12 Years After 9/11: Six Grief Survival Suggestions

by Bill Brenner on September 9, 2013

Like everyone else, 9/11 had a profound impact on me. I live in Massachusetts, the departure point for the two planes the terrorists hijacked and crashed into the WTC, and I work in the security community. Through those two worlds, I know many people who lost loved ones or were called into action that day.

Mood music: 

This isn’t about where I was and what I was doing that day. You can read that post here. This is about six lessons I’ve taken from my own experiences of losing loved ones. May it offer you some measure of peace, whether you’ve suffered from the impact of 9/11 or lost people under more natural circumstances.

  • Let it suck. Don’t be a hero. If you’re feeling the pain from losing your grandmother, let it out. You don’t have to do it in front of people. Go in a room by yourself and let the waterworks flow if you have to. Don’t worry about trying to keep a manly face around people. You don’t have to pretend you’re OK for the sake of others in the room.
  • Don’t forget the gratitude. When someone dies, it’s easy to get lost in your own grief. There’s even a self-pity reflex that kicks in. Try to take the time to remember how awesome your loved one was. Share the most amusing memories and have some laughs. You’ll feel more at peace when you remember a life that was lived well.
  • Take a moment to appreciate what’s still around you. Your girlfriend. Your friends. If death teaches you anything, it’s that you never know how long the other loves of your life will be around. Don’t waste the time you have with them.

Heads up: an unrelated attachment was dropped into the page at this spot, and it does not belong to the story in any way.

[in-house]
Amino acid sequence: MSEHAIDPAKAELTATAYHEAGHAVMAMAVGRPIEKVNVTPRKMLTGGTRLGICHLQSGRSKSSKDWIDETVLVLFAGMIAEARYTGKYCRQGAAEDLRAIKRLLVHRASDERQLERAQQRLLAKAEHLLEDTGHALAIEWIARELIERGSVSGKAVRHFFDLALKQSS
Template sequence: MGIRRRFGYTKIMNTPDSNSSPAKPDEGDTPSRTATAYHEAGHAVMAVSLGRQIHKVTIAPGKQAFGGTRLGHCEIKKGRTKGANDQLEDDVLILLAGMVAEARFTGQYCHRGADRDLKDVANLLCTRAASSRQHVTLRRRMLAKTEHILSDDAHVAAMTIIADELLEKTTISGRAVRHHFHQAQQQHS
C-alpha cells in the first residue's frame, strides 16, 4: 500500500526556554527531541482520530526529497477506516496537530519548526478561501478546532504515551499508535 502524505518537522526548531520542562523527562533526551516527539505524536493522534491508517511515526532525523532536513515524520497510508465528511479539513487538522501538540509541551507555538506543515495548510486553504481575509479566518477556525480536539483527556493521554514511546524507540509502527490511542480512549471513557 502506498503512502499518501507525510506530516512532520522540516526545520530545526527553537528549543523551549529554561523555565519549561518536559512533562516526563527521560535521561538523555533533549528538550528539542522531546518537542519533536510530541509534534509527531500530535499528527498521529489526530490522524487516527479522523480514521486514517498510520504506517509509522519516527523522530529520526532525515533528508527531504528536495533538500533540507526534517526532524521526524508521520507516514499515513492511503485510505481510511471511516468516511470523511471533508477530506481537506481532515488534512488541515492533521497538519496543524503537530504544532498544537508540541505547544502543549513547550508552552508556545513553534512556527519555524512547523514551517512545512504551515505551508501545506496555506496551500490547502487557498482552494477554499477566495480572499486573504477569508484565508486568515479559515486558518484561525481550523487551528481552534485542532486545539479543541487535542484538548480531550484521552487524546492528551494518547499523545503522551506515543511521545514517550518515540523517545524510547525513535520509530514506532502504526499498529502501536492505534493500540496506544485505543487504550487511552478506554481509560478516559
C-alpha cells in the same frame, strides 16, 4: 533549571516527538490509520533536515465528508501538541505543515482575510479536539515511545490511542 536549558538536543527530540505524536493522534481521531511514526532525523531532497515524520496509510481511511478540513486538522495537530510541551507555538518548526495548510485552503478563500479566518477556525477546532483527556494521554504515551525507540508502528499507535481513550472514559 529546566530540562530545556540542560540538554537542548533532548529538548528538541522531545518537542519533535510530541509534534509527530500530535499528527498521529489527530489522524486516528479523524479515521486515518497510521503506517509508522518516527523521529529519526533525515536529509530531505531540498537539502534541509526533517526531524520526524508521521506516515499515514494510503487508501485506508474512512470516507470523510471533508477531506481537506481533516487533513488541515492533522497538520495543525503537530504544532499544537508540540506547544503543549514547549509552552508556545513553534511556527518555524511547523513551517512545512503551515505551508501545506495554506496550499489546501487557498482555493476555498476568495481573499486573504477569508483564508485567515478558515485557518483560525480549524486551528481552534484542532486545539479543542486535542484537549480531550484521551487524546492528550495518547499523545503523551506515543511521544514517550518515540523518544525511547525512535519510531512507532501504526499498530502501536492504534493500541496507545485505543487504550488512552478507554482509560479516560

• Don’t worry yourself into an anxiety attack over possible loss. Yes, God could take your loved ones at any moment. He holds all the cards, so it’s pointless to even think about it. Just be there for people, and let them be there for you.
  • Take care of yourself. You can comfort yourself with all the drugs, alcohol, sex and food there is to have. But take it from me, giving in to addictions is nothing but slow suicide. You can’t move past grief and see the beauty of what’s left if you’re too busy trying to kill yourself. True, I learned a ton about the beauty of life from having been an addict, but that doesn’t mean I’d ever wish that experience on others. If there’s a better way to cope, do that instead.
  • Embrace things that are bigger than you. Nothing has helped me get past grief more than doing service to others. It sounds like so much bullshit, but it’s not. When I’m volunteering for my kids’ school and Scouting events or taking time to talk to people who have read this blog and have their own issues to sort through, I’m always reminded that my own life is so much better than I realize or deserve.

This isn’t a science. It’s just what I’ve picked up from my own walk through the valley of darkness. I’ve learned that Life is a gift to be cherished and used wisely. I’ve also learned that it hurts sometimes, but that’s OK.

9/11 Memorial

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